The Chief Medical Director, University College Hospital (UCH), Ibadan Prof. Jesse Otegbayo has explained why the hospital lost 18 persons out of the 159 COVID-19 patients it has treated so far.
Otegbayo spoke on Friday in Ibadan on the sidelines of the inauguration ceremony of the Josephus Foundation-aided new Infectious Disease Centre at UCH.
According to him, the coronavirus cases treated by the teaching hospital were severe with some of the patients having underlying health conditions.
“From the last figure I saw, we have treated about 159 COVID-19 patients and 18 of them died.
“We have those mortalities because we take the sickest of the sick; the most severe cases are brought to the University College Hospital and that is the only place where they can be treated.
“We have some of them with comorbidities like hypertension, diabetes and asthma and some other chronic lung diseases.
“Some of them have kidney failure that requires dialysis which is not available in many other places in Oyo State; that is why we recorded these mortalities at the UCH,” he said.
Otegbayo revealed that the newly constructed Chief Tunde Afolabi Infectious Disease Centre donated by the Josephus Foundation was a 20-bed state-of-the-art centre.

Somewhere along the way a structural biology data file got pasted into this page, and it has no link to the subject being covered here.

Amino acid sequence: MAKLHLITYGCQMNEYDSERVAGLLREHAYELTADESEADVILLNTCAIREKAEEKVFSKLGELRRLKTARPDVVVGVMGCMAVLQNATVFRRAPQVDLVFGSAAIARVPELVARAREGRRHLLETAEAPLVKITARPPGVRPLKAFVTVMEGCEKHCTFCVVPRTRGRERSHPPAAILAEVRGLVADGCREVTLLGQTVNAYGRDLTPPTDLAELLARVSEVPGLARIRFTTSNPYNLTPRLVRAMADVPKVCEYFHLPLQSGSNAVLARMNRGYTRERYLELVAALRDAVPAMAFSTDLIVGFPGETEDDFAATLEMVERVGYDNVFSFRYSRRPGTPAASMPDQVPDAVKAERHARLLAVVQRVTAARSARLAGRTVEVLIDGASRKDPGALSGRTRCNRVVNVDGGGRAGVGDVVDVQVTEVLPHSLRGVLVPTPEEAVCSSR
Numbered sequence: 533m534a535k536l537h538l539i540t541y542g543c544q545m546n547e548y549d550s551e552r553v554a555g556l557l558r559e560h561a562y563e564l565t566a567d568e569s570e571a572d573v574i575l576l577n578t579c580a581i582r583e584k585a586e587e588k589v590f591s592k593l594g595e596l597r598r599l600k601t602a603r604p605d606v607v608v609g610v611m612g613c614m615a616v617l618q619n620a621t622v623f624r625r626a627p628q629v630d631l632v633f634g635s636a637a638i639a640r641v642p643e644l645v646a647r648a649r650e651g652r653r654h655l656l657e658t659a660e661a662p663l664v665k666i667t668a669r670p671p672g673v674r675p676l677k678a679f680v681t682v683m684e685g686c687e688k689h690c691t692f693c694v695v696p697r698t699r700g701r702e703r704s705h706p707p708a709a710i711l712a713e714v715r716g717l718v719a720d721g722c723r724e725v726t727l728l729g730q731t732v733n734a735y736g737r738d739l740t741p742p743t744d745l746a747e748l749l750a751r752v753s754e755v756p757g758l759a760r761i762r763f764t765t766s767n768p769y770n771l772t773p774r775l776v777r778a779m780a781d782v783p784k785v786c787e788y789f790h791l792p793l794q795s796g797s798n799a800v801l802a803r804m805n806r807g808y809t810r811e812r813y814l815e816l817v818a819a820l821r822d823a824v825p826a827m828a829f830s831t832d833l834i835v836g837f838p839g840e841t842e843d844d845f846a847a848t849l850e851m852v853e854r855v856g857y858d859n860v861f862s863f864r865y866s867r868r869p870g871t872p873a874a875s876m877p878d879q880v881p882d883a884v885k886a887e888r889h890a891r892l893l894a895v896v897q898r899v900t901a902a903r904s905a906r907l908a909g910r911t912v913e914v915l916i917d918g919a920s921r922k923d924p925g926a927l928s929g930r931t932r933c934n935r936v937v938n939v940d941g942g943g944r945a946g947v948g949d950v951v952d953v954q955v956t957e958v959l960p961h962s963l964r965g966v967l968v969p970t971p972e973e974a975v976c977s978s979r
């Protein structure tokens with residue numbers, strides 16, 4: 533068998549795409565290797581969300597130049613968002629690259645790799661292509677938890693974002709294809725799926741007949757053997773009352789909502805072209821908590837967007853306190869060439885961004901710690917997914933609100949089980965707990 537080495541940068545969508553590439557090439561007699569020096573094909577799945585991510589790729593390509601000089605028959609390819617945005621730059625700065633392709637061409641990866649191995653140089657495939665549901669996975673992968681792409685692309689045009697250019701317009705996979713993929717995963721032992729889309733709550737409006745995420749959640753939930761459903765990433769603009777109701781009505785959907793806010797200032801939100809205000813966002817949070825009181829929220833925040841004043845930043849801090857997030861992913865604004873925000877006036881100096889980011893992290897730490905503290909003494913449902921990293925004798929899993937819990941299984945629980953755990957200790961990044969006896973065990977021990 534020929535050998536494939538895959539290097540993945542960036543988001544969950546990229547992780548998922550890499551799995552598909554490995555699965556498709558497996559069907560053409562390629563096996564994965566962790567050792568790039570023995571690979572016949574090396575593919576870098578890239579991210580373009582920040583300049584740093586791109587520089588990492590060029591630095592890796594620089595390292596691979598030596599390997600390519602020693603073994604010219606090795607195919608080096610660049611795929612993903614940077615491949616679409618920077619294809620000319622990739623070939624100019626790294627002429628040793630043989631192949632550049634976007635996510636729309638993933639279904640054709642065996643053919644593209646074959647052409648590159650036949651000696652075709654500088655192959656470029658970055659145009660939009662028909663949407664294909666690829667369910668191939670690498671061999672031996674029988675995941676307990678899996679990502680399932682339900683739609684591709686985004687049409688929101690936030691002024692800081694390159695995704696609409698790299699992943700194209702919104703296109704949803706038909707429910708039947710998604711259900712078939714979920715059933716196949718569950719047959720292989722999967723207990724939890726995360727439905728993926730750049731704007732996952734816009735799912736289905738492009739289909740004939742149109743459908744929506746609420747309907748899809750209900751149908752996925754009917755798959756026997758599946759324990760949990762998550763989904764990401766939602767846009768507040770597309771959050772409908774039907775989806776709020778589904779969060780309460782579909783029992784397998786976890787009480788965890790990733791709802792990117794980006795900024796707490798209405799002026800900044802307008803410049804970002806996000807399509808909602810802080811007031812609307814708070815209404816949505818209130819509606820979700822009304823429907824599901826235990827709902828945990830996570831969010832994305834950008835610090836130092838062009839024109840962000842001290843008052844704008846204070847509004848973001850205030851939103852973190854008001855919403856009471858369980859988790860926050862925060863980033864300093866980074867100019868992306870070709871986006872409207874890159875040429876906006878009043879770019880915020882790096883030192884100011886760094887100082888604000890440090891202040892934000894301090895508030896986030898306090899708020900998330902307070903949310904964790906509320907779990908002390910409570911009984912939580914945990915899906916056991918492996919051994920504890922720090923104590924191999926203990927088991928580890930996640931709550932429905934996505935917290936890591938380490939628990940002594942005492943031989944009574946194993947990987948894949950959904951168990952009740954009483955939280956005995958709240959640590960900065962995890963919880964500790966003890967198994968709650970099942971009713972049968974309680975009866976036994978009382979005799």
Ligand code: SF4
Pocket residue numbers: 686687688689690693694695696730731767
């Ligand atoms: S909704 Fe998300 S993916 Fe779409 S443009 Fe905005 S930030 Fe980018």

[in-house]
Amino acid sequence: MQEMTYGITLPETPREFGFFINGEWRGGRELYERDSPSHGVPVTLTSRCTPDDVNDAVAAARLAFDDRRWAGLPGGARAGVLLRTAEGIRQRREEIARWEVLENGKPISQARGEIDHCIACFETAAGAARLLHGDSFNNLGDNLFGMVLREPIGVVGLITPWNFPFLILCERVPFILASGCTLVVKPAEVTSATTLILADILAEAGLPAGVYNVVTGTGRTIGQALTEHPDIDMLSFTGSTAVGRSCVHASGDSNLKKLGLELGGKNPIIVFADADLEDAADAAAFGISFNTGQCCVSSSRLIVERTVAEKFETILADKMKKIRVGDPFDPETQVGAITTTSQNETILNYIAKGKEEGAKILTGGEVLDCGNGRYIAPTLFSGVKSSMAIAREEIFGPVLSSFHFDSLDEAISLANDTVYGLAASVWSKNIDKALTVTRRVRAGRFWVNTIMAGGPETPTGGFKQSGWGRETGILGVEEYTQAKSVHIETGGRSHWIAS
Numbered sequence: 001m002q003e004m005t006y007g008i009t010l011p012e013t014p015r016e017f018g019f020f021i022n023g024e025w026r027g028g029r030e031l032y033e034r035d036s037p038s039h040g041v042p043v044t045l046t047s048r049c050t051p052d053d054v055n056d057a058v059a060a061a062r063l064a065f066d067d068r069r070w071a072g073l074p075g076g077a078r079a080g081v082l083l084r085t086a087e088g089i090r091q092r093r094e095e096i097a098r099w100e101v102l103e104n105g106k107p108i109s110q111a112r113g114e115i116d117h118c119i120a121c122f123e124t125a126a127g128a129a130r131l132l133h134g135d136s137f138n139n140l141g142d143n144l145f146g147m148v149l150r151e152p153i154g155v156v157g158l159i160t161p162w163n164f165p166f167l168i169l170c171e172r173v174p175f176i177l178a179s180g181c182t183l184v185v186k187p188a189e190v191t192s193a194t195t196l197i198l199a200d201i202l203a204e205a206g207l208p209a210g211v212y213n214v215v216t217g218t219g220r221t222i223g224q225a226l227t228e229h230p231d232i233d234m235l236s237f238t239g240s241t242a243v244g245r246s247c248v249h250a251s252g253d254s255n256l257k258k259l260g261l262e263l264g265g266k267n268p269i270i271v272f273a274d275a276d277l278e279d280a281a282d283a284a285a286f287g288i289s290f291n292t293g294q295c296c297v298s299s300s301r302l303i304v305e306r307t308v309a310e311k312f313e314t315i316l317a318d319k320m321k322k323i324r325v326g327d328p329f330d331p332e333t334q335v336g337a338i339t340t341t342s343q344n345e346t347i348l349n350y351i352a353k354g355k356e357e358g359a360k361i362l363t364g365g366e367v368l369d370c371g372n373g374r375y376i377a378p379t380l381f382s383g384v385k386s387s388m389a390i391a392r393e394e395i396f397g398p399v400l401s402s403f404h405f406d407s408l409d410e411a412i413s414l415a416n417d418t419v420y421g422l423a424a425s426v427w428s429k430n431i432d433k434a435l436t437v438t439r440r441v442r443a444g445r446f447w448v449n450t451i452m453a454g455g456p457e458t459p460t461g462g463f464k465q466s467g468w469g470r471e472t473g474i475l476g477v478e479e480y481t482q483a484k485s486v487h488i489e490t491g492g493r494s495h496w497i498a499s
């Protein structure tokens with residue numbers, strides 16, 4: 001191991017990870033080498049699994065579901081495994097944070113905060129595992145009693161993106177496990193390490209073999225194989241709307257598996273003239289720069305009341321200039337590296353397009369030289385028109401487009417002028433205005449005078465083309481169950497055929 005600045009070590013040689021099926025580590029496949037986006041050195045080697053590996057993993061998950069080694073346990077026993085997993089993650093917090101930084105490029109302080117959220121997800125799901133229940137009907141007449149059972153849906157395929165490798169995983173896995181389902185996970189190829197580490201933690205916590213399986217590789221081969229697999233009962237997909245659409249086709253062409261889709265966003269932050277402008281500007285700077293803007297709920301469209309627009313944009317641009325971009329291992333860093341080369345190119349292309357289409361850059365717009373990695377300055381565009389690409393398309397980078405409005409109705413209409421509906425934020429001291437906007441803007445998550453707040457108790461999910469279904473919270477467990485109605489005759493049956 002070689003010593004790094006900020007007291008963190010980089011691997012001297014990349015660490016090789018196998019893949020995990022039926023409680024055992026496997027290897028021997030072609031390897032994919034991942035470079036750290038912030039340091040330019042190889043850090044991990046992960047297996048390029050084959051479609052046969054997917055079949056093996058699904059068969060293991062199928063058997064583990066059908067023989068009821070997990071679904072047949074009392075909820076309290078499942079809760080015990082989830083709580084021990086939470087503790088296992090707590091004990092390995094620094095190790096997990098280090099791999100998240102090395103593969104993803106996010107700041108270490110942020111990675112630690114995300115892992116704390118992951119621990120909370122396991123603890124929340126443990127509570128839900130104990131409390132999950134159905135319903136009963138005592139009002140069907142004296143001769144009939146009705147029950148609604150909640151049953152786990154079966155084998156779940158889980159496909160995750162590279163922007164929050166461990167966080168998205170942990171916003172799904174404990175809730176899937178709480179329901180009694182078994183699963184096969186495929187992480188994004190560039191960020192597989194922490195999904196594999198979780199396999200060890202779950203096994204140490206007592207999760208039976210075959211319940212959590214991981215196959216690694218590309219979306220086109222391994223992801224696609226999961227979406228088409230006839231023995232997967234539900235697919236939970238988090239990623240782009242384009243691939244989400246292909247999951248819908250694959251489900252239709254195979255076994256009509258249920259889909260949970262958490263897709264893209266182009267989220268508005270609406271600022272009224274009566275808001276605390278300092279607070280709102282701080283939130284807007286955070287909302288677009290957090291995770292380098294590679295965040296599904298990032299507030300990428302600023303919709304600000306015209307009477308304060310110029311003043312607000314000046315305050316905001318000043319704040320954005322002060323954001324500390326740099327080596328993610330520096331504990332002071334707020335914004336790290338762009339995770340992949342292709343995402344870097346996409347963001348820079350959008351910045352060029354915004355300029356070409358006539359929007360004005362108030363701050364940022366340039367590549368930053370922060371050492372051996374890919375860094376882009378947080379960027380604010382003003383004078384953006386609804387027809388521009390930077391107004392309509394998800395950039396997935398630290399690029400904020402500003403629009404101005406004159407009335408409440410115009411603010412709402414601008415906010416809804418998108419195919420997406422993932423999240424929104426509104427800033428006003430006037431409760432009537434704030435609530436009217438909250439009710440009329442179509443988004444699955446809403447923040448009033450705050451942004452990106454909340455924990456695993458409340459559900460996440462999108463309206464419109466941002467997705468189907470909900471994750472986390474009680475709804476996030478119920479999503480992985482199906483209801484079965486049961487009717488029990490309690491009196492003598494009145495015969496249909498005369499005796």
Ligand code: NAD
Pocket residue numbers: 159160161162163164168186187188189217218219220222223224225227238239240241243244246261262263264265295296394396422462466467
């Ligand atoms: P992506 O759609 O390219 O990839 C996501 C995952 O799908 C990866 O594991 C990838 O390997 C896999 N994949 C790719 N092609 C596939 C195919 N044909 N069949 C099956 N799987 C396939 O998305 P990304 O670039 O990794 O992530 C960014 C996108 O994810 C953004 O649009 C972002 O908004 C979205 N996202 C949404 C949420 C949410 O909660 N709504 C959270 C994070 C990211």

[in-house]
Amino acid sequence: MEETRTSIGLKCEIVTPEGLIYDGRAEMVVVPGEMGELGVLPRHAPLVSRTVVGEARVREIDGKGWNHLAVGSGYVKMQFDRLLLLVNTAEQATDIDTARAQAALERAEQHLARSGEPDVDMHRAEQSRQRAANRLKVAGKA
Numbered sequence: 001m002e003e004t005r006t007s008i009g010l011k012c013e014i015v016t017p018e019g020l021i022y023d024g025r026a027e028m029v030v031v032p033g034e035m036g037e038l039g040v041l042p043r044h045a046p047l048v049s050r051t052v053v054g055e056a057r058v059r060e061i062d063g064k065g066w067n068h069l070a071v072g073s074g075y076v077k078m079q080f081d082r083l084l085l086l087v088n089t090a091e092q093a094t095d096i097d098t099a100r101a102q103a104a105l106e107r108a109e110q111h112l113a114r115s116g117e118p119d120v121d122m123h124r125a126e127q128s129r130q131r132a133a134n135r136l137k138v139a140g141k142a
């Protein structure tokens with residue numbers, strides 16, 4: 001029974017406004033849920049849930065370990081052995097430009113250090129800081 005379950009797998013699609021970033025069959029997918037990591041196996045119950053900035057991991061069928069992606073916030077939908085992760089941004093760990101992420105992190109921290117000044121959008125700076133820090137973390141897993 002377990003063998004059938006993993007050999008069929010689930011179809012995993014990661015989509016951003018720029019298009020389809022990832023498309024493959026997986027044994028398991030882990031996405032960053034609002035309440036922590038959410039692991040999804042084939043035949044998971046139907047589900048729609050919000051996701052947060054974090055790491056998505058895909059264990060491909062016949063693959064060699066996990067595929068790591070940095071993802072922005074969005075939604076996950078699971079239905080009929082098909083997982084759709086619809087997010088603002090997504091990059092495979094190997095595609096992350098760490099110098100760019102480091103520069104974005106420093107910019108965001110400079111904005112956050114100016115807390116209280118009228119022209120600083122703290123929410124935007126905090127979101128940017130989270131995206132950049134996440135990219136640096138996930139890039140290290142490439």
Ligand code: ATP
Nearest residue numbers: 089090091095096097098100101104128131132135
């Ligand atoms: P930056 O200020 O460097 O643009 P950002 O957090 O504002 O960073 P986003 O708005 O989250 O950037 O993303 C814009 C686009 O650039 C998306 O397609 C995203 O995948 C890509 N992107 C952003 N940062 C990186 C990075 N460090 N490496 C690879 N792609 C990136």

According to him, it is also the single largest donation the hospital has received since the inception of the coronavirus pandemic.
“We will be taking care of patients’ transmissible infections which will include but not limited to people with coronavirus, Lassa Fever, HIV and others.
“It is an infectious disease centre with state-of-the-art hospital beds, multiparameter monitor for all the beds, a 60kva generator, CCTV for all the rooms and monitoring centre, nurse bay and doctors call rooms.
Prof. Oladapo Afolabi, who represented the Chairman of the Josephus Foundation, said that the centre was built and donated to UCH to enhance its capability to fight infectious diseases like COVID-19.
Afolabi pleaded with Nigerians to stop the stigmatisation of COVID-19 victims but rather join the fight to conquer the ravaging disease.
“Infectious disease can attack anybody, so there is no point in stigmatising those who have this disease.
“Let us encourage ourselves to fight the disease and one of the tools we can use is this centre we have opened today,” he said.